Sierra and Dustin Yoder somberly drove to the hospital on Halloween. Sierra was about to give birth to a baby the doctors predicted would shortly die.
The parents hoped for at least an hour with their little son before he died, but a miracle gave them much more than that.
When their first child, Beau, was a toddler, Sierra and Dustin decided to have another child. The pregnancy was normal, at least that's what the Yoder's thought.
Sierra went to the doctor to find out her baby's gender. Instead, she received some devastating news. Her baby's skull hadn't formed properly, allowing part of the brain to form outside of the skull. This is called an encephalocele.
"They said he had zero chance of survival — 'incompatible with life,' they told us," said Sierra. "I specifically remember asking is there any chance he could survive? They said no, that in the best-case scenario, he's going to be a vegetable. They made it out like I was going to lose him at any point."
"That was the darkest part of the entire thing," Sierra told The Washington Post. "We decided to abort that day. We didn't want him to come into the world and suffer."
They made an appointment for the abortion, but Sierra changed her mind the night before.
"My maternal instinct since his diagnosis had been telling me they were wrong about him," Sierra said. She decided to carry their son full term and named him Bentley Ross Yoder.
Doctors knew Bentley wasn't going to live for very long.
"We were never given hope," said Sierra.
They were told that their son wouldn't talk, move or even recognize hunger. The family prepared for the worst.
On Halloween evening, they drove to the hospital to deliver and prepare to bury their son.
He was immediately placed in his parents arms. The doctors and nurses wanted these parents to hold their son while they could.
"He was perfect," Sierra said. "It really didn't matter how long we had. We were just thankful we got to hold him."
To everyone's surprise their son was crying, breathing and moving. Five hours later their was no sign of his health declining. Eventually, Sierra and Dustin were sent home with Bentley and hospice care - a service they miraculously never needed.
The family kept friends updated on Bentley's condition on a Facebook support group called, #prayersforBentley.
The ultrasounds hadn't lied. Part of Bentley's brain formed outside of his skull. The growth was referred to as a cyst. In most cases, brain function in a cyst is rare since the brain tissue inside is usually dead.
The plan was to remove the cyst when Bentley was four to six months old, but Sierra and Dustin wanted a second opinion.
"From the beginning, we didn't understand how he wasn't using the brain. We always felt that maybe he was using what was left up in there," said Sierra.
The second doctor offered a very different perspective. The first doctor implied that the surgery was not a big deal, because the brain in the cyst was non-functioning. The second doctor said Bentley could die from a surgery and she believed the brain was functioning.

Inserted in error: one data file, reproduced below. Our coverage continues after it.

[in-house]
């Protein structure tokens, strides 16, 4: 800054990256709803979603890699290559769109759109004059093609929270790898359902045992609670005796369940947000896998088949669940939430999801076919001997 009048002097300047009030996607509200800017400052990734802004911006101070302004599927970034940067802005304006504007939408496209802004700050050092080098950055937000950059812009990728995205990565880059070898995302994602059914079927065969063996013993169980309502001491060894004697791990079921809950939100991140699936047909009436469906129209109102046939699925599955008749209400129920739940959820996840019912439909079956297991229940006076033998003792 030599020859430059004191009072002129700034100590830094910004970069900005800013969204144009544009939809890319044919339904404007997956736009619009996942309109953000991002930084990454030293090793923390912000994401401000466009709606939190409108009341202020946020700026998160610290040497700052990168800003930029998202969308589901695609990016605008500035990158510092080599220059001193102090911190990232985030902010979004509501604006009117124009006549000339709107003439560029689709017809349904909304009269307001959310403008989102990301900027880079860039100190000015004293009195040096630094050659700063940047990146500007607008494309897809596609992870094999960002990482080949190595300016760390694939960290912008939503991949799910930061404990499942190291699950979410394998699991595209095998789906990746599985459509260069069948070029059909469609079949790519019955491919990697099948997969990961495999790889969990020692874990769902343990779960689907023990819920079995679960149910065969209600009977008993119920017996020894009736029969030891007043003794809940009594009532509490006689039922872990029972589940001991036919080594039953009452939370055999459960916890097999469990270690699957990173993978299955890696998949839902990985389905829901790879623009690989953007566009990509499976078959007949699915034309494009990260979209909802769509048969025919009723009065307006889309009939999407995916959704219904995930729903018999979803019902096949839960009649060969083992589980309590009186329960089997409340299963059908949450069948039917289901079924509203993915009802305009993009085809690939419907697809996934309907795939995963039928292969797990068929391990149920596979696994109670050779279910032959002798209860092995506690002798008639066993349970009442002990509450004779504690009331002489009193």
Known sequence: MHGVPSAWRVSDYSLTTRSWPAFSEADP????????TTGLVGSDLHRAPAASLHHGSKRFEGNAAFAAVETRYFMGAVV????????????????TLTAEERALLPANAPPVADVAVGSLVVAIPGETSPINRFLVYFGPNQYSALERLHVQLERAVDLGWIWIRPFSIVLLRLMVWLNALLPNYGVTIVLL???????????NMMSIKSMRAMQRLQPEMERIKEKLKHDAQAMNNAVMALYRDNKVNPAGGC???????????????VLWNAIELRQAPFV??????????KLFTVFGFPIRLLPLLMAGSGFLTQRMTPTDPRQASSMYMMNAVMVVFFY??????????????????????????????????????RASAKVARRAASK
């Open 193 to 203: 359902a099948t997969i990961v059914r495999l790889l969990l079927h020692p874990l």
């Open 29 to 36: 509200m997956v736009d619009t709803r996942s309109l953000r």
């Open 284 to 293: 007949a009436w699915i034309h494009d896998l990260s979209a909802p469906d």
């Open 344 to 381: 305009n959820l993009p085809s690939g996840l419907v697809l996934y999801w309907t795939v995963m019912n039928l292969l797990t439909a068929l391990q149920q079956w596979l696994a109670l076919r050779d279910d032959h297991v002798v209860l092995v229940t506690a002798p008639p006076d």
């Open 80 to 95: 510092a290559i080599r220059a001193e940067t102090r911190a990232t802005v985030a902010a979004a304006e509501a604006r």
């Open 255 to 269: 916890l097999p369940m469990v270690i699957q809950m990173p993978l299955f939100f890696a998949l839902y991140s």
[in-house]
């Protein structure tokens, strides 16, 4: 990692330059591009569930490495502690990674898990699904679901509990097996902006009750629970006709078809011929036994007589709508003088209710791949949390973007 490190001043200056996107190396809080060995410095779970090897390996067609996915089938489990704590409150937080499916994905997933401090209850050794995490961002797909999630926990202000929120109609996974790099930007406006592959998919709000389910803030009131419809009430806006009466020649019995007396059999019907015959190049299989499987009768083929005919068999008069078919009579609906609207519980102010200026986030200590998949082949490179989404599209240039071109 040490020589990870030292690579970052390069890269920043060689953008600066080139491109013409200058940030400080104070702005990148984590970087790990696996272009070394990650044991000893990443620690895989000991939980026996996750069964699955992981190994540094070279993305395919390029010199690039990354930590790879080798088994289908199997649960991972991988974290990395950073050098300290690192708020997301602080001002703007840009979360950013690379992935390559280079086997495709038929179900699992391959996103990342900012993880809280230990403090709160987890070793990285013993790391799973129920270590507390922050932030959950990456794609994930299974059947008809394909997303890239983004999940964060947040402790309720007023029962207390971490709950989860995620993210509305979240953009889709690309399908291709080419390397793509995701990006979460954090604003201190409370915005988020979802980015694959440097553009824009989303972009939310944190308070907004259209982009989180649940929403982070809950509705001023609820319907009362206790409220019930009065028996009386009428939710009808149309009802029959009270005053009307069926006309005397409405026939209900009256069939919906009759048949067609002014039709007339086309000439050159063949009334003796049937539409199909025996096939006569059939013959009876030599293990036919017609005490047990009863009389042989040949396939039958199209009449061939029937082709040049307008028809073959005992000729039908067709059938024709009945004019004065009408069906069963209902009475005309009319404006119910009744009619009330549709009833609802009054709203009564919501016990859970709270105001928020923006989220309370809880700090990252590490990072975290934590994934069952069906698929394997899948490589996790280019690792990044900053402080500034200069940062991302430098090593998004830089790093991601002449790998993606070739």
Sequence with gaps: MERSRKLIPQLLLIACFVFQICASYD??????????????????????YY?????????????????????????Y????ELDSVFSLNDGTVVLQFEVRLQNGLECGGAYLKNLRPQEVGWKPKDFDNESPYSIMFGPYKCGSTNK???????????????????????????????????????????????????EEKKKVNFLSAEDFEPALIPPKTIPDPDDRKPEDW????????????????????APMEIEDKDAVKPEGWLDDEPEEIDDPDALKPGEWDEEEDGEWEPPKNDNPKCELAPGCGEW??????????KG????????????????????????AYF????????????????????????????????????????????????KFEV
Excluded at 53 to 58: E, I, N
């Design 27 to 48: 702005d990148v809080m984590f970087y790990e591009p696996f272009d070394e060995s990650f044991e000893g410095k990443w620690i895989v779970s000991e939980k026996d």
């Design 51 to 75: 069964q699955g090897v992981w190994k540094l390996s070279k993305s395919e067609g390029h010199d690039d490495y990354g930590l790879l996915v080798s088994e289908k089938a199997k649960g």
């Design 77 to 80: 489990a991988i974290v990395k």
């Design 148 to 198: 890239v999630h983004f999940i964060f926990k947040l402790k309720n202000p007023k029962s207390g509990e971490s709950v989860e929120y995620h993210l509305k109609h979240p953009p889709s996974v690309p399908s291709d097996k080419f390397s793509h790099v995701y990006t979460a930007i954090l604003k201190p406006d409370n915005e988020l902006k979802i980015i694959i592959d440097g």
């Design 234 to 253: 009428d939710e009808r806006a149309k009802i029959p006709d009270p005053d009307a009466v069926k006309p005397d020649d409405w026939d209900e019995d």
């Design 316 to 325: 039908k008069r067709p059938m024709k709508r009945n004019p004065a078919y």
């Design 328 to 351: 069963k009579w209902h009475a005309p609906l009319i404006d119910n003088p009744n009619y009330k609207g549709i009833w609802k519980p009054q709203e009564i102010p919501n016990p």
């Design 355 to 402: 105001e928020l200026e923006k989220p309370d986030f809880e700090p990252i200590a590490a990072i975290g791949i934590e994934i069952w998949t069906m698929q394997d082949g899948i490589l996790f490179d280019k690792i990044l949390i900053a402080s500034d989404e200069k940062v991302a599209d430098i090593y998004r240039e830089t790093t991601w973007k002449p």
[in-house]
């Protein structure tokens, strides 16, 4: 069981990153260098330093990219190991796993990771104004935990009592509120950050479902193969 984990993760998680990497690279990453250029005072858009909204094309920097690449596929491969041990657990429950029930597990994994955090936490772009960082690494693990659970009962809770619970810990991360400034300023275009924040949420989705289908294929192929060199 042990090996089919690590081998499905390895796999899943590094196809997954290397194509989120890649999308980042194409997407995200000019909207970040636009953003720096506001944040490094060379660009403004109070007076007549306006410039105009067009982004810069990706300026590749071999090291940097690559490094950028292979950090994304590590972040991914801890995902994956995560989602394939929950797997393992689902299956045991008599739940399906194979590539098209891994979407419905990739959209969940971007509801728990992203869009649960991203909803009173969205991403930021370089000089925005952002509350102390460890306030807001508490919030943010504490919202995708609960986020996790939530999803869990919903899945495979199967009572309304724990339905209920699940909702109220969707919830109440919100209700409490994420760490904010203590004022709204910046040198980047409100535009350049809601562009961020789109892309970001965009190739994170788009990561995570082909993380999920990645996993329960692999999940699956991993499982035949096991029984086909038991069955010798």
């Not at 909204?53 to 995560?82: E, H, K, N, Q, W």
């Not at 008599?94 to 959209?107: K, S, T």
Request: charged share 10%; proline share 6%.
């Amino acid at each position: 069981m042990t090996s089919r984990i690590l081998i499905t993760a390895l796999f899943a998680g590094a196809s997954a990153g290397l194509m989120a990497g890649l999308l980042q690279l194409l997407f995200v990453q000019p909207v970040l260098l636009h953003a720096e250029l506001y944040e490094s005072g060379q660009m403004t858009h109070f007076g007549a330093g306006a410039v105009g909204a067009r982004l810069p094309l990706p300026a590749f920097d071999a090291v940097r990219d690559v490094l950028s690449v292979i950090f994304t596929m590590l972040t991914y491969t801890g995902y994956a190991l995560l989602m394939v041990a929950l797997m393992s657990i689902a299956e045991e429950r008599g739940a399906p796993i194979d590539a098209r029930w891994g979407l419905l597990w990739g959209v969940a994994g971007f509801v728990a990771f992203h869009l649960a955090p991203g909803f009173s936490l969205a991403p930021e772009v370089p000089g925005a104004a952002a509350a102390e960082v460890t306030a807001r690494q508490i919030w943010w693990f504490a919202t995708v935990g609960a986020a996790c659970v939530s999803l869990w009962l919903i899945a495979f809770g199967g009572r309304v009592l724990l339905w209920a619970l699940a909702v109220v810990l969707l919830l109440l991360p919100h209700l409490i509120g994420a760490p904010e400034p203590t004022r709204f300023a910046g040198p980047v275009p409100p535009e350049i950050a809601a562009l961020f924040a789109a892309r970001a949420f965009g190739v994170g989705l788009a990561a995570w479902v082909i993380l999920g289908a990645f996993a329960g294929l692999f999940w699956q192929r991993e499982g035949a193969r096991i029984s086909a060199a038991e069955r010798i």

The second doctor knew some surgeons at Boston Children's Hospital.
Finally given hope, Sierra and Dustin decided to go with the recommendation of the second doctor.
Bentley's unique condition inspired a four part documentary detailing his journey.
The doctors used a 3D printer to make a replica of Bentley's skull and cyst.
After examining the 3D printing of Bentley's head, the doctors went to talk to Sierra and Dustin.
"They said they are going to have to widen the skull and basically rearrange the bone so the brain will fit back in," Sierra wrote on Facebook. "There is maybe 20% of brain outside his head that they [are] going to put back in."
The doctors practiced their cuts on the 3D model before Bentley's surgery.
On May 24, Bentley was carried into the surgical room. The surgery was scheduled for 7:30 a.m. Family anxiously waited, knowing the operation was dangerous and the first of its kind.
Five hours later, the surgeons visited the family.
"When we saw them, our hearts dropped," Sierra said. They were told the surgery would last much longer. The doctors sat down.
"Okay, he seems to be doing really great," said Dr. Mark Proctor, the interim neurosurgeon-in-chief. Sierra started to smile with relief. The doctors brought in the models to show Sierra and Dustin exactly what they did.
The surgery lasted three hours and the doctors accomplished everything they wanted to and more. Bentley's brain was finally protected in his skull.
Bentley was on the road to recovery, but a shunt was placed to drain the fluid buildup in his brain.
His movements were more purposeful, and he seemed to be more aware.
Sierra and Dustin painstakingly thought they would only get to hold their son for a few hours at most. Now, almost two years later, they are still holding and loving their son.
"It's like winning the lottery...it's better than that, it's life. You get to continue life and hold life and have life," said Dustin.
Since his surgery, Bentley has occasional respiratory problems, but overall he is doing amazing. As Sierra said, "He's our little miracle."